Regardless of how believable a piece of disinformation may be or whether Russia is revealed to be the source of the disinformation, the targeted nature of such information warfare campaigns can serve as a cover for Russian actions. With this understanding of disinformation, it is possible to see how the Russian information warfare apparatus positions itself as a buffer between reality and the narratives used to muddy the waters. The above example of the campaign #StopHatingRussians is a perfect example of how Russian disinformation works. By wrapping a narrative of victimization around a kernel of truth, Russia can attempt to obfuscate its aggressive violations of Ukrainian sovereignty.
Russia’s waging of information war across the world in the pursuit of its illiberal aims has a long history and works toward the reestablishment of Russia’s position as a great power. First, it seeks to exacerbate domestic divisions in target countries and weaken the capacity of target countries to oppose Russian strategic aims. Second, it seeks to bolster Russia’s soft power influence and aid Russia in winning the hearts and minds of people in countries where Russia has an interest in foiling Western involvement. By using disinformation, Russia can demonstrate the vulnerabilities of democratic systems to third party observers, and in so doing discourage countries from aligning themselves with the United States and the European Union. Conspiracy theorists and right-wing activists can act as the Kremlin’s contemporary useful idiots, with recent accusations of nefarious biolabs being parroted by commentators of the mainstream right in the United States such as Tucker Carlson as well as followers of the conspiratorial movement QAnon.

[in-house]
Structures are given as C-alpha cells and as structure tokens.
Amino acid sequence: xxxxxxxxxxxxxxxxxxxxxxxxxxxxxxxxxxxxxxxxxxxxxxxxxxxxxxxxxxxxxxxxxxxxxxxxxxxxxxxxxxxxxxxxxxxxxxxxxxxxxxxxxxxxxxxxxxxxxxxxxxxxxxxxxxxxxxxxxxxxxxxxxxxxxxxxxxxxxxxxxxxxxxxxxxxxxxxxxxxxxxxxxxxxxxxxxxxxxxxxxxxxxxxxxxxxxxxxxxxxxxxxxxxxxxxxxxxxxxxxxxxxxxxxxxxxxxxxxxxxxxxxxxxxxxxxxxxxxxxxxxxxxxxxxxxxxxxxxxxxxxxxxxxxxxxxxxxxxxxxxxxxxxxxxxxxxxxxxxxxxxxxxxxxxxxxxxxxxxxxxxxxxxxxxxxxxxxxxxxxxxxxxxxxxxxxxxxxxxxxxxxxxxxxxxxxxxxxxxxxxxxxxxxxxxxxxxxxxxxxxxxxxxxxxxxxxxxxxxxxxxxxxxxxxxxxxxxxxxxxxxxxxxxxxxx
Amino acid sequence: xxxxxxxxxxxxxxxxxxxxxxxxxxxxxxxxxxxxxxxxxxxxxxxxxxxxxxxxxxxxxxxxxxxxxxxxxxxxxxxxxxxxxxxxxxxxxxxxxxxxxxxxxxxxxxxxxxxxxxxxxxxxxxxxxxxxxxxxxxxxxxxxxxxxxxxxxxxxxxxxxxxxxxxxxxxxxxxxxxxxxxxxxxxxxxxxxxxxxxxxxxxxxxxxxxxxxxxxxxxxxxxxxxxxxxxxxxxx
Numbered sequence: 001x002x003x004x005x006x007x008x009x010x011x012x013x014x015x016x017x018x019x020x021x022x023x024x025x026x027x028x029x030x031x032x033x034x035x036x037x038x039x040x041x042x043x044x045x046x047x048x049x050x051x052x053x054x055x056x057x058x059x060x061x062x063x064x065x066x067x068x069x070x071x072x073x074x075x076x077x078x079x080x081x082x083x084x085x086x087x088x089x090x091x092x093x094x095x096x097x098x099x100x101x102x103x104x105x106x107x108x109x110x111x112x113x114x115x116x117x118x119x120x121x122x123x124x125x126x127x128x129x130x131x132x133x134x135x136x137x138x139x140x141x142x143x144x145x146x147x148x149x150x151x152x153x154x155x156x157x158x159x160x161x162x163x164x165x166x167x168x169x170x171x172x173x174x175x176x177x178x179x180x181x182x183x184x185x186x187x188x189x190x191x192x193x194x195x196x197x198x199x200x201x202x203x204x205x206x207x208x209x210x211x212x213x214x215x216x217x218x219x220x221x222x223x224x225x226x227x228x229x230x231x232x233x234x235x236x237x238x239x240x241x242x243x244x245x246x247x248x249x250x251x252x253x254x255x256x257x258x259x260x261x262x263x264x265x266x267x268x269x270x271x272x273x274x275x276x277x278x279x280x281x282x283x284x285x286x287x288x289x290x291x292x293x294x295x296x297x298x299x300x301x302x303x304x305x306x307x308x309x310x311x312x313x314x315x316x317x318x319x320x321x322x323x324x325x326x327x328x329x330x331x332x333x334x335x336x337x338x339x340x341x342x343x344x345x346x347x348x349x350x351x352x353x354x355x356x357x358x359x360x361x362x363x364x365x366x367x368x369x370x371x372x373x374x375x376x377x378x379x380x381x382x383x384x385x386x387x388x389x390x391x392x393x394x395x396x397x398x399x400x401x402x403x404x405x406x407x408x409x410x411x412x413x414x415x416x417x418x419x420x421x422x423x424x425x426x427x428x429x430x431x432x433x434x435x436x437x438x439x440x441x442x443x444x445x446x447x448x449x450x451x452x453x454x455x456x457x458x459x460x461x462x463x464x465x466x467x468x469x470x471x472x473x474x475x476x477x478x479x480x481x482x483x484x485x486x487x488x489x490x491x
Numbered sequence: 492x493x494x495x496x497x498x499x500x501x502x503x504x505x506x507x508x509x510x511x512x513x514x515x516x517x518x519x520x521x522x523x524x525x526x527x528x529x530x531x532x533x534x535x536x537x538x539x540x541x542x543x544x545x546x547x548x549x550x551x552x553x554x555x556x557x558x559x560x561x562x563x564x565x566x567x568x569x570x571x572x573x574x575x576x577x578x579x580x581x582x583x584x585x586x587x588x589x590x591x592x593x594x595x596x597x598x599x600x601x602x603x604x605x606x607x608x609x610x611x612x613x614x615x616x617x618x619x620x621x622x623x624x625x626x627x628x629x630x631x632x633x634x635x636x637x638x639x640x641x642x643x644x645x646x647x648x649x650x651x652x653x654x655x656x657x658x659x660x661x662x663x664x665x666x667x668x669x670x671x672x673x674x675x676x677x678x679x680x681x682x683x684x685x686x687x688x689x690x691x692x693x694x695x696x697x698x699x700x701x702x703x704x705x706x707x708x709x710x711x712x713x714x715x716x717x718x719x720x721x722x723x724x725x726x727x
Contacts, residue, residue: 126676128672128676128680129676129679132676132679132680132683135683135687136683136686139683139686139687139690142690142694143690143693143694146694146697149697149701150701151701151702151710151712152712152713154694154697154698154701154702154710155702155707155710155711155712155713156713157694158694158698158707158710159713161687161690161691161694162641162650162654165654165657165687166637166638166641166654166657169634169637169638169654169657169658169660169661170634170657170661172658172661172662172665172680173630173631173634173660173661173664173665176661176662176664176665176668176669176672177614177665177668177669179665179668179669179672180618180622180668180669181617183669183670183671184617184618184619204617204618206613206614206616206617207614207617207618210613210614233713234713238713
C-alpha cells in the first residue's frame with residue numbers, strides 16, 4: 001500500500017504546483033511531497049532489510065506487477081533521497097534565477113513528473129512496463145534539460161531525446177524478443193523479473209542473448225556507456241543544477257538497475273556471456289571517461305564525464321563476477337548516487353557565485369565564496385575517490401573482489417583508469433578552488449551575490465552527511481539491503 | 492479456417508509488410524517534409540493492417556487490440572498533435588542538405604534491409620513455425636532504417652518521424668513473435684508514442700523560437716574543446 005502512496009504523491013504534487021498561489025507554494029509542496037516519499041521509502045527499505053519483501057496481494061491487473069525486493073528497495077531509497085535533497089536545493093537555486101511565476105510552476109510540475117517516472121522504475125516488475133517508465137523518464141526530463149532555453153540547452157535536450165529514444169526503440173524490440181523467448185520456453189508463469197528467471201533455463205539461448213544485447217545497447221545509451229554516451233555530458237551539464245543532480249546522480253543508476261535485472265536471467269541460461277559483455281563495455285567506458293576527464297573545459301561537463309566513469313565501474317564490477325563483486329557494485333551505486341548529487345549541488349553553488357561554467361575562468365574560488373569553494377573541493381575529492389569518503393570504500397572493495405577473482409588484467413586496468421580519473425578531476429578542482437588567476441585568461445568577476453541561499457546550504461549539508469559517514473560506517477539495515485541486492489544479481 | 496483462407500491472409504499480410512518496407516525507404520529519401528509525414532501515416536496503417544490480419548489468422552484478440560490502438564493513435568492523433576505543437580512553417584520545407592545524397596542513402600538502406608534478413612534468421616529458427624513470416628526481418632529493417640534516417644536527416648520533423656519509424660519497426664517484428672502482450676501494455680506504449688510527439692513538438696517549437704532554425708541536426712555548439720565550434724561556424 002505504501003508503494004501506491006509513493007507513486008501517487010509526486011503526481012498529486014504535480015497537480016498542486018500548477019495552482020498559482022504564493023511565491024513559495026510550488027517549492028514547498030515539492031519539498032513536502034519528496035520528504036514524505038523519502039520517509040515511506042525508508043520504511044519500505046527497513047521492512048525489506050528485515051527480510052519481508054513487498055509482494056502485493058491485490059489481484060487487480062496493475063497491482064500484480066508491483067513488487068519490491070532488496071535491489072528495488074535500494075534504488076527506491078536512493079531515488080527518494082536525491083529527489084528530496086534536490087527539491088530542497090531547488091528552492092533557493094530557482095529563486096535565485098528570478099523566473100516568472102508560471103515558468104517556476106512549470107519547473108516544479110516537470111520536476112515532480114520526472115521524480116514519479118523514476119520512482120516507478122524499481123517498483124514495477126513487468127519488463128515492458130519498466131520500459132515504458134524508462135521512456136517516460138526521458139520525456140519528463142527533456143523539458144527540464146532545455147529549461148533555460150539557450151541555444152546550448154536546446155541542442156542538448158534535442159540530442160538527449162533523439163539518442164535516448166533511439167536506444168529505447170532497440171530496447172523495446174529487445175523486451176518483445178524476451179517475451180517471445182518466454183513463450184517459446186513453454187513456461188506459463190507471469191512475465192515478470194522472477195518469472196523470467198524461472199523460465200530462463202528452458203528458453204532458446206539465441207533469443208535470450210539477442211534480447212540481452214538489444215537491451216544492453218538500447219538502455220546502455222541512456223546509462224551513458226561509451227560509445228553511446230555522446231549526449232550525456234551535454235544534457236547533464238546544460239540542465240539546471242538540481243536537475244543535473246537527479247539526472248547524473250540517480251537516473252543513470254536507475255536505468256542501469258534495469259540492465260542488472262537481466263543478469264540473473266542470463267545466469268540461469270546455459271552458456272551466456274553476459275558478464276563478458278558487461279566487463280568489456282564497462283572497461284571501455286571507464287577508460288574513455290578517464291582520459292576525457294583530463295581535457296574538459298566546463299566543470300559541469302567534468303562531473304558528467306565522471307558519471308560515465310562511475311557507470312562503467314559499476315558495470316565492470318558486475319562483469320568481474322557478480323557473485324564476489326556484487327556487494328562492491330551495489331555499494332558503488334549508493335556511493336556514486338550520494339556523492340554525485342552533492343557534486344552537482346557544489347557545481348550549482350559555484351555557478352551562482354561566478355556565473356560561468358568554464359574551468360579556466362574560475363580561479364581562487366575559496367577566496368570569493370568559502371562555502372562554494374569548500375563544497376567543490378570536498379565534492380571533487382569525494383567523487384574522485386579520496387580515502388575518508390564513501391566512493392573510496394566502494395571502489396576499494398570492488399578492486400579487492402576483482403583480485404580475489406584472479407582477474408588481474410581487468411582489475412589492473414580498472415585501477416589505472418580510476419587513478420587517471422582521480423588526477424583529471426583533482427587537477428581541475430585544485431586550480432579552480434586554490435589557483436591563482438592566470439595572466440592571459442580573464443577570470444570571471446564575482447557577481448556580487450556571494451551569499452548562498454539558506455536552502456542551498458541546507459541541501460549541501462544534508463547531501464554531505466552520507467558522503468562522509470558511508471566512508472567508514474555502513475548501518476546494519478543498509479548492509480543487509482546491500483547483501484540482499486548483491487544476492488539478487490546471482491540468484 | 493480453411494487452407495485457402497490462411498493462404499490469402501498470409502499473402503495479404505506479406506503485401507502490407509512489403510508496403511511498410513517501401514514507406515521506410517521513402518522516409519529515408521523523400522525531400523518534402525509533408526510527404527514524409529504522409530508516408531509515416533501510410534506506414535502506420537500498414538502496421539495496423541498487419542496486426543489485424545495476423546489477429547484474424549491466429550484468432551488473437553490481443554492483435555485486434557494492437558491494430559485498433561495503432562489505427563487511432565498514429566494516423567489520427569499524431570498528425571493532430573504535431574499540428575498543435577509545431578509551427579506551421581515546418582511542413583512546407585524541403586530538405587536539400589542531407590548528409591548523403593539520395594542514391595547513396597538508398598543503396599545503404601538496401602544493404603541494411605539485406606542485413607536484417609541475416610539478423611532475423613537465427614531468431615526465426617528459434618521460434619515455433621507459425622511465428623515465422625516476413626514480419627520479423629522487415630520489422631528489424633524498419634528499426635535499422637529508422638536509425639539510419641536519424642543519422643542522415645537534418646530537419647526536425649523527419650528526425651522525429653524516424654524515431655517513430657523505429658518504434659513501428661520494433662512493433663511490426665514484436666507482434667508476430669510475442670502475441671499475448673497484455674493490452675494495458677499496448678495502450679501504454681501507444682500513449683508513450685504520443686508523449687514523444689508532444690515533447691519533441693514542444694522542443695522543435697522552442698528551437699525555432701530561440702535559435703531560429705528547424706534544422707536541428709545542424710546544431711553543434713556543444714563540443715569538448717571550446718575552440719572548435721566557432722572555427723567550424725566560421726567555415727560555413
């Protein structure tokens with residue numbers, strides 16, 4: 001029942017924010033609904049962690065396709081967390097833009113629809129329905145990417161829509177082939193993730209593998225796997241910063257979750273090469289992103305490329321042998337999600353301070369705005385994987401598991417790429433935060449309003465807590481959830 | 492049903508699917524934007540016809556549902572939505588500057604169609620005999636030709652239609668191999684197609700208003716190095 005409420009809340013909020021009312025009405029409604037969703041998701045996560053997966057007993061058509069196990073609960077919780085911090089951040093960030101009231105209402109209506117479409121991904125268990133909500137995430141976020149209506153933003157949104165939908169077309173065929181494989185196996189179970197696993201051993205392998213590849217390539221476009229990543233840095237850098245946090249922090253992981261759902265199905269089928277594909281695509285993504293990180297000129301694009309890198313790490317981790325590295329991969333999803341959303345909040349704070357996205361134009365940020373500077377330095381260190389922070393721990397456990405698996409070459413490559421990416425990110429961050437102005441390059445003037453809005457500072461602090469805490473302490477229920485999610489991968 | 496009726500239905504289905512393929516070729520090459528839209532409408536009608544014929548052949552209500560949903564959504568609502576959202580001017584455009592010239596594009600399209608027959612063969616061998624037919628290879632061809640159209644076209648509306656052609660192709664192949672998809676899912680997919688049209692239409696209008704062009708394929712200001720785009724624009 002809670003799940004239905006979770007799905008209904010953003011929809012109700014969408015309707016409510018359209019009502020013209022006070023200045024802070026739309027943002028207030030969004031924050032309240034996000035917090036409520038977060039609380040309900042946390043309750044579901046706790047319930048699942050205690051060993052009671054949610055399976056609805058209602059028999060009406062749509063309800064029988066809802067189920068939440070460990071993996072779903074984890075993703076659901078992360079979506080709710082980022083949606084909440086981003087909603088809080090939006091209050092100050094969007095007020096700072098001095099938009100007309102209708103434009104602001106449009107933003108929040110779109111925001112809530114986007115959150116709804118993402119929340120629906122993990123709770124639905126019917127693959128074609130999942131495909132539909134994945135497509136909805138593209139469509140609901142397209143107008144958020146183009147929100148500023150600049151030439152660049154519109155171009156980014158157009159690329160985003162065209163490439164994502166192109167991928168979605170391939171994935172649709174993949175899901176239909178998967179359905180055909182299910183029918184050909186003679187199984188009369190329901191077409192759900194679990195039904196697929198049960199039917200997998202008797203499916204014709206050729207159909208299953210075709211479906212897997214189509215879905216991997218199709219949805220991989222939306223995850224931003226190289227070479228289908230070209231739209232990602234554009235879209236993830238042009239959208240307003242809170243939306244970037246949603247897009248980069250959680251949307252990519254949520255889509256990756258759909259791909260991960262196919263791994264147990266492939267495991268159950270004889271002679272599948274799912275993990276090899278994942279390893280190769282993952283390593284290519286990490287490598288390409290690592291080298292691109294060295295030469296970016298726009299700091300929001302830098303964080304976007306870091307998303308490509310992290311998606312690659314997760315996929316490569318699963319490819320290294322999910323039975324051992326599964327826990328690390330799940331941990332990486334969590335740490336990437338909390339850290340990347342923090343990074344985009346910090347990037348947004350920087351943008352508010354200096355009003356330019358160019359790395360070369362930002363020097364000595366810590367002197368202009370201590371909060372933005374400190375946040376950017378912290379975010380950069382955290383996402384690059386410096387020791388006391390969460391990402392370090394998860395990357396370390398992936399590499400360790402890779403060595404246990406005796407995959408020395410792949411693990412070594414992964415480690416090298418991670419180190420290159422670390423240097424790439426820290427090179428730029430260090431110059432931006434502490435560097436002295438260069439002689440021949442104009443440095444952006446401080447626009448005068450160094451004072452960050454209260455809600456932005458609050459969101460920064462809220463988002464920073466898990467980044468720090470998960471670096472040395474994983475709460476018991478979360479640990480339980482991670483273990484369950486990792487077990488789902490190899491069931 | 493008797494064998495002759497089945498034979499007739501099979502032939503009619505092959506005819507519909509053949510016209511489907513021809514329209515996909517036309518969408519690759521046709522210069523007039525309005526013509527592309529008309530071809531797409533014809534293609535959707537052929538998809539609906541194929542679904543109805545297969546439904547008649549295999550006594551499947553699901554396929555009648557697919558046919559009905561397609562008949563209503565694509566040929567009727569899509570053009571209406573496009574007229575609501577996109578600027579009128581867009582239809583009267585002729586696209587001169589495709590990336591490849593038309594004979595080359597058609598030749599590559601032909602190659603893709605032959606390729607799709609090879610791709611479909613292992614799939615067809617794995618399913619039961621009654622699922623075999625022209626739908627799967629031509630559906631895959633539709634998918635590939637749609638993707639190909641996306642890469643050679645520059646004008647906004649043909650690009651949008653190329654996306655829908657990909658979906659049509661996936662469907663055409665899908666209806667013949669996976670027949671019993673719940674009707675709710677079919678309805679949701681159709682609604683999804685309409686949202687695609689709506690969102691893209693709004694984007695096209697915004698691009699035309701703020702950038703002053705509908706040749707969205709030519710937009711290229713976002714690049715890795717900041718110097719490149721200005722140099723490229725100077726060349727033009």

The prevalence of Russian disinformation is widespread and dangerous, but it relies on the biases of its consumers to be effective. It is thus made more effective by using the choices and policies made by Western technology companies against the interests of liberal democracies. By using Big Tech’s own interest in profit against it, Russian disinformationists confound the discourses found in cyberspace. Central to the problem of Big Tech’s conflicted response to the invasion of Ukraine is the business model that has made it, as an industry, fantastically wealthy.